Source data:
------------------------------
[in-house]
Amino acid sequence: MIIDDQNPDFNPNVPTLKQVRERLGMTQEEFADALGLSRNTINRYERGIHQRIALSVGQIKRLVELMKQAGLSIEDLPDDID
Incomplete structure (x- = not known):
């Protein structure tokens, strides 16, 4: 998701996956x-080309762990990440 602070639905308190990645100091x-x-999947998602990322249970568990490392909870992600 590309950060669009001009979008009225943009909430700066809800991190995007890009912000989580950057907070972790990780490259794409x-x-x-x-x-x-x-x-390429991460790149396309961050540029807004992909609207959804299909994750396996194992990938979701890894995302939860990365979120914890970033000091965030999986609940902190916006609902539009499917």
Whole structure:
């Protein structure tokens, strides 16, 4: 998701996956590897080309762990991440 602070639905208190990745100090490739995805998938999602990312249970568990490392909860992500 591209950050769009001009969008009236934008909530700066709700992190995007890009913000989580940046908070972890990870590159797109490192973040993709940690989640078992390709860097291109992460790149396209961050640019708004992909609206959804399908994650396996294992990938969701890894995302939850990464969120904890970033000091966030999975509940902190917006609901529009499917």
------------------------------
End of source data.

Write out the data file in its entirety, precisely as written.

[in-house]
Amino acid sequence: MIIDDQNPDFNPNVPTLKQVRERLGMTQEEFADALGLSRNTINRYERGIHQRIALSVGQIKRLVELMKQAGLSIEDLPDDID
Incomplete structure (x- = not known):
């Protein structure tokens, strides 16, 4: 998701996956x-080309762990990440 602070639905308190990645100091x-x-999947998602990322249970568990490392909870992600 590309950060669009001009979008009225943009909430700066809800991190995007890009912000989580950057907070972790990780490259794409x-x-x-x-x-x-x-x-390429991460790149396309961050540029807004992909609207959804299909994750396996194992990938979701890894995302939860990365979120914890970033000091965030999986609940902190916006609902539009499917």
Whole structure:
């Protein structure tokens, strides 16, 4: 998701996956590897080309762990991440 602070639905208190990745100090490739995805998938999602990312249970568990490392909860992500 591209950050769009001009969008009236934008909530700066709700992190995007890009913000989580940046908070972890990870590159797109490192973040993709940690989640078992390709860097291109992460790149396209961050640019708004992909609206959804399908994650396996294992990938969701890894995302939850990464969120904890970033000091966030999975509940902190917006609901529009499917």